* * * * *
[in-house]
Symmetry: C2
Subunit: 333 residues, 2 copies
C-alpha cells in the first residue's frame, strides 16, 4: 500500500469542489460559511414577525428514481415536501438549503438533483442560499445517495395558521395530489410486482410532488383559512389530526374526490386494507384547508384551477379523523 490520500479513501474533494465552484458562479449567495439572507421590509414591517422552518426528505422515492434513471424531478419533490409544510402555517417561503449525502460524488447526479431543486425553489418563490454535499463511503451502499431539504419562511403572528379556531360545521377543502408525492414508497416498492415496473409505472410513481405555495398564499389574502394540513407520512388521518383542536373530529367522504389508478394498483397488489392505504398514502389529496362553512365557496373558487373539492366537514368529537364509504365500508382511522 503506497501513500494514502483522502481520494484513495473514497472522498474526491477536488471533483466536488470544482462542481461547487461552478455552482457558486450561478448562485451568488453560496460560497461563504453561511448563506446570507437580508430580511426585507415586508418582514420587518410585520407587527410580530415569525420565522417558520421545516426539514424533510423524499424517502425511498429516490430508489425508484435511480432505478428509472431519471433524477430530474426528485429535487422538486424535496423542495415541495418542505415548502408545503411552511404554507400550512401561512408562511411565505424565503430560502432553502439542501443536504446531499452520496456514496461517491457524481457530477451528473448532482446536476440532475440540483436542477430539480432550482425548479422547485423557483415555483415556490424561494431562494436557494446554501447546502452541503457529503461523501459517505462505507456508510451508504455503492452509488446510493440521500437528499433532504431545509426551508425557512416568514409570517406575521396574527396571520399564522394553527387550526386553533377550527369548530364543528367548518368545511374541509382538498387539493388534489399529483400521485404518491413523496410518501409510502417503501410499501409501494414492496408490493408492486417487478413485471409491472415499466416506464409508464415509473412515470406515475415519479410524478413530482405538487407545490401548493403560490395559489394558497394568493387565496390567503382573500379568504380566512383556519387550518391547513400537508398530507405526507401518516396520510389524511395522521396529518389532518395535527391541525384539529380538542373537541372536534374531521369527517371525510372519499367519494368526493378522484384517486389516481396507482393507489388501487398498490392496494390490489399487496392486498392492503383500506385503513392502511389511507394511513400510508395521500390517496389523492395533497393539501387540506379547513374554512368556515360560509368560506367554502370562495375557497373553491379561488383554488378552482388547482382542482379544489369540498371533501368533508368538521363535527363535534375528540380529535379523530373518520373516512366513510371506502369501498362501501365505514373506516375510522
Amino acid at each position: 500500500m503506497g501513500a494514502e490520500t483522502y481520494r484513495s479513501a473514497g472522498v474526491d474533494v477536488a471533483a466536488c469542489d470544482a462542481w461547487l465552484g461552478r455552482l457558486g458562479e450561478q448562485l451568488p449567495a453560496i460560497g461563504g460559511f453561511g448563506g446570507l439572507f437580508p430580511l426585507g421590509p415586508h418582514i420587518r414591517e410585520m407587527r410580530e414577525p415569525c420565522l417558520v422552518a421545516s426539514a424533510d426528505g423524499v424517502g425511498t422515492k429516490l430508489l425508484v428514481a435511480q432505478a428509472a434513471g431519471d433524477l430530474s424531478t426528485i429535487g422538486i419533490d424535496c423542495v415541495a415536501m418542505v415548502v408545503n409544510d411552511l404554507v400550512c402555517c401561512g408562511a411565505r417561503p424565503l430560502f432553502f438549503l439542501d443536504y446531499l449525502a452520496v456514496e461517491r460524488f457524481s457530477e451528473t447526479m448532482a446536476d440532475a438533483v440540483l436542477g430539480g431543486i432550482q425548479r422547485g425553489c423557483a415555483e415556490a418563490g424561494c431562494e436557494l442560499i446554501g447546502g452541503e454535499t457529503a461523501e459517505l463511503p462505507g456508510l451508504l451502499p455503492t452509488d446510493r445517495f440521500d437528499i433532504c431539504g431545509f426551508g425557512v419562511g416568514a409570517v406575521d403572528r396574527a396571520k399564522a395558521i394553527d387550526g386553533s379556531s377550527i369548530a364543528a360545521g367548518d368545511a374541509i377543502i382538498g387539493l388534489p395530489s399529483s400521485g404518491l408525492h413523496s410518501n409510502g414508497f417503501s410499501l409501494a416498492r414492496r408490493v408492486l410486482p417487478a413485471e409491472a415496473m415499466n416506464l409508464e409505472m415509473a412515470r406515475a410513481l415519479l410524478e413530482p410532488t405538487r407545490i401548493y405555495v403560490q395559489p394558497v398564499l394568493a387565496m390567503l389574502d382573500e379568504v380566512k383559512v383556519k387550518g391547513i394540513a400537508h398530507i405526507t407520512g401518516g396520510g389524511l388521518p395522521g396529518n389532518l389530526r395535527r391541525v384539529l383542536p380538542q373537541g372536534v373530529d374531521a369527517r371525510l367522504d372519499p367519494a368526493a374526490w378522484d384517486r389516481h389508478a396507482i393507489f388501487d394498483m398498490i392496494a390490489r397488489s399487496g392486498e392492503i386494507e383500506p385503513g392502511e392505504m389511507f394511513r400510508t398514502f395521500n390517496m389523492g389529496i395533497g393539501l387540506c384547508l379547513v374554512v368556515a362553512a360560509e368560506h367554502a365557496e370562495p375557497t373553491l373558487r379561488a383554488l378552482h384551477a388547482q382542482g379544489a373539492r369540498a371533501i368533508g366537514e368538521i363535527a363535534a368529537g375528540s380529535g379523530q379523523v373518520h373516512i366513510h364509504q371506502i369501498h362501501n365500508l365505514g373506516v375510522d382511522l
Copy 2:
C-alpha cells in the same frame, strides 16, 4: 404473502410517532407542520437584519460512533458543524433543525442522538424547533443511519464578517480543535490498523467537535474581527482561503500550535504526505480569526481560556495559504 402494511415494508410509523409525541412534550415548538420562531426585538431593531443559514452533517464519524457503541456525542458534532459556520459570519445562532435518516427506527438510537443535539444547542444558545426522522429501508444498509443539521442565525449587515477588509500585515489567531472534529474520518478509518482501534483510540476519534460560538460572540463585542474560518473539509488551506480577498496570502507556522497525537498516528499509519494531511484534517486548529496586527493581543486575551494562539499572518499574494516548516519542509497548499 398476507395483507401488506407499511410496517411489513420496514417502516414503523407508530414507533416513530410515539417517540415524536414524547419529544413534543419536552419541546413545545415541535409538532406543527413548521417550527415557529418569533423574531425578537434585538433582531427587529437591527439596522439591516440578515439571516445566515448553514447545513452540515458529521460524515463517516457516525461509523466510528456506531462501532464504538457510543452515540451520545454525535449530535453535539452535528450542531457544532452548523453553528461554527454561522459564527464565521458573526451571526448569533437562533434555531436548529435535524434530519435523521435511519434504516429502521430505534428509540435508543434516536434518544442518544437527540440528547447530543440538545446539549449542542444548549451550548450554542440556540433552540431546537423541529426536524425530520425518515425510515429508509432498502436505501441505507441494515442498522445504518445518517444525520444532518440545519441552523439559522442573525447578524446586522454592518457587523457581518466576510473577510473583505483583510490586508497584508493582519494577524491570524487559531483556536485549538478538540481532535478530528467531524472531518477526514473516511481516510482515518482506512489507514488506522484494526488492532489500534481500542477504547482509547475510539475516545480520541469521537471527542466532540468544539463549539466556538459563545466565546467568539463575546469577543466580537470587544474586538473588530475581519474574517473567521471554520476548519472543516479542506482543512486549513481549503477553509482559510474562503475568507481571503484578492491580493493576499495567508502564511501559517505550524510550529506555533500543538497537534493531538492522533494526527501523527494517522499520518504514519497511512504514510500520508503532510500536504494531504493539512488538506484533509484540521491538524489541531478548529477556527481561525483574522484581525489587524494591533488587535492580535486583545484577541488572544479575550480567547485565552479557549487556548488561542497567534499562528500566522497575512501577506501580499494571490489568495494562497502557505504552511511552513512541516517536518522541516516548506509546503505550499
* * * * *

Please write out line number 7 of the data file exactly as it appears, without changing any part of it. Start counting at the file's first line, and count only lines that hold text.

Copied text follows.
C-alpha cells in the same frame, strides 16, 4: 404473502410517532407542520437584519460512533458543524433543525442522538424547533443511519464578517480543535490498523467537535474581527482561503500550535504526505480569526481560556495559504 402494511415494508410509523409525541412534550415548538420562531426585538431593531443559514452533517464519524457503541456525542458534532459556520459570519445562532435518516427506527438510537443535539444547542444558545426522522429501508444498509443539521442565525449587515477588509500585515489567531472534529474520518478509518482501534483510540476519534460560538460572540463585542474560518473539509488551506480577498496570502507556522497525537498516528499509519494531511484534517486548529496586527493581543486575551494562539499572518499574494516548516519542509497548499 398476507395483507401488506407499511410496517411489513420496514417502516414503523407508530414507533416513530410515539417517540415524536414524547419529544413534543419536552419541546413545545415541535409538532406543527413548521417550527415557529418569533423574531425578537434585538433582531427587529437591527439596522439591516440578515439571516445566515448553514447545513452540515458529521460524515463517516457516525461509523466510528456506531462501532464504538457510543452515540451520545454525535449530535453535539452535528450542531457544532452548523453553528461554527454561522459564527464565521458573526451571526448569533437562533434555531436548529435535524434530519435523521435511519434504516429502521430505534428509540435508543434516536434518544442518544437527540440528547447530543440538545446539549449542542444548549451550548450554542440556540433552540431546537423541529426536524425530520425518515425510515429508509432498502436505501441505507441494515442498522445504518445518517444525520444532518440545519441552523439559522442573525447578524446586522454592518457587523457581518466576510473577510473583505483583510490586508497584508493582519494577524491570524487559531483556536485549538478538540481532535478530528467531524472531518477526514473516511481516510482515518482506512489507514488506522484494526488492532489500534481500542477504547482509547475510539475516545480520541469521537471527542466532540468544539463549539466556538459563545466565546467568539463575546469577543466580537470587544474586538473588530475581519474574517473567521471554520476548519472543516479542506482543512486549513481549503477553509482559510474562503475568507481571503484578492491580493493576499495567508502564511501559517505550524510550529506555533500543538497537534493531538492522533494526527501523527494517522499520518504514519497511512504514510500520508503532510500536504494531504493539512488538506484533509484540521491538524489541531478548529477556527481561525483574522484581525489587524494591533488587535492580535486583545484577541488572544479575550480567547485565552479557549487556548488561542497567534499562528500566522497575512501577506501580499494571490489568495494562497502557505504552511511552513512541516517536518522541516516548506509546503505550499